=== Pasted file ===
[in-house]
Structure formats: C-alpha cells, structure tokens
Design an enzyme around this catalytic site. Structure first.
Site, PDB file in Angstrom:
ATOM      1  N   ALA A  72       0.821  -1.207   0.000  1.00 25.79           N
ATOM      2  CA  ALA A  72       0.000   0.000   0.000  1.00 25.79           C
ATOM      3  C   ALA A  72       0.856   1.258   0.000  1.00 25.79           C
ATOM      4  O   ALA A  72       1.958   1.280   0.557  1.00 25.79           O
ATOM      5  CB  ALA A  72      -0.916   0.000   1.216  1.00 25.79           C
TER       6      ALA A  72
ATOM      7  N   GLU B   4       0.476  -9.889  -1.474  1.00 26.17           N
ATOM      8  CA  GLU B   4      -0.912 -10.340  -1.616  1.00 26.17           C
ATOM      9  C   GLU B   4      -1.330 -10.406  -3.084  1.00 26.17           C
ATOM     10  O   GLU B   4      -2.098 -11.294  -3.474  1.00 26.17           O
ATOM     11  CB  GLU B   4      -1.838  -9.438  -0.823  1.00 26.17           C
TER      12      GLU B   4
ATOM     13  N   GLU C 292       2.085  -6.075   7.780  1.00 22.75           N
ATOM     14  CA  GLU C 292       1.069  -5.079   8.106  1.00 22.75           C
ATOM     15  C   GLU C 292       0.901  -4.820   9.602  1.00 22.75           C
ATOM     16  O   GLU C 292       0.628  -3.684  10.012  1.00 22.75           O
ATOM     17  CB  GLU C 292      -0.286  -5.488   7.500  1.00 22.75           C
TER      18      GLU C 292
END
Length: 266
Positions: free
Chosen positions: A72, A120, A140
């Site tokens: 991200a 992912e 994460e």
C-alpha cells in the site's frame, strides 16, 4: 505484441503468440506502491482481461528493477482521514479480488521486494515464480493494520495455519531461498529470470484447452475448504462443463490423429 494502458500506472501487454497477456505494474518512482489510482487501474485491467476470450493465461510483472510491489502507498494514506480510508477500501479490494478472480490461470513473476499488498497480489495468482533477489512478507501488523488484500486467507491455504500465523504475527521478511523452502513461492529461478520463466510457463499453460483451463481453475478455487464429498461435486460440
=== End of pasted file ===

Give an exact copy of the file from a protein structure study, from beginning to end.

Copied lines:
[in-house]
Structure formats: C-alpha cells, structure tokens
Design an enzyme around this catalytic site. Structure first.
Site, PDB file in Angstrom:
ATOM      1  N   ALA A  72       0.821  -1.207   0.000  1.00 25.79           N
ATOM      2  CA  ALA A  72       0.000   0.000   0.000  1.00 25.79           C
ATOM      3  C   ALA A  72       0.856   1.258   0.000  1.00 25.79           C
ATOM      4  O   ALA A  72       1.958   1.280   0.557  1.00 25.79           O
ATOM      5  CB  ALA A  72      -0.916   0.000   1.216  1.00 25.79           C
TER       6      ALA A  72
ATOM      7  N   GLU B   4       0.476  -9.889  -1.474  1.00 26.17           N
ATOM      8  CA  GLU B   4      -0.912 -10.340  -1.616  1.00 26.17           C
ATOM      9  C   GLU B   4      -1.330 -10.406  -3.084  1.00 26.17           C
ATOM     10  O   GLU B   4      -2.098 -11.294  -3.474  1.00 26.17           O
ATOM     11  CB  GLU B   4      -1.838  -9.438  -0.823  1.00 26.17           C
TER      12      GLU B   4
ATOM     13  N   GLU C 292       2.085  -6.075   7.780  1.00 22.75           N
ATOM     14  CA  GLU C 292       1.069  -5.079   8.106  1.00 22.75           C
ATOM     15  C   GLU C 292       0.901  -4.820   9.602  1.00 22.75           C
ATOM     16  O   GLU C 292       0.628  -3.684  10.012  1.00 22.75           O
ATOM     17  CB  GLU C 292      -0.286  -5.488   7.500  1.00 22.75           C
TER      18      GLU C 292
END
Length: 266
Positions: free
Chosen positions: A72, A120, A140
């Site tokens: 991200a 992912e 994460e």
C-alpha cells in the site's frame, strides 16, 4: 505484441503468440506502491482481461528493477482521514479480488521486494515464480493494520495455519531461498529470470484447452475448504462443463490423429 494502458500506472501487454497477456505494474518512482489510482487501474485491467476470450493465461510483472510491489502507498494514506480510508477500501479490494478472480490461470513473476499488498497480489495468482533477489512478507501488523488484500486467507491455504500465523504475527521478511523452502513461492529461478520463466510457463499453460483451463481453475478455487464429498461435486460440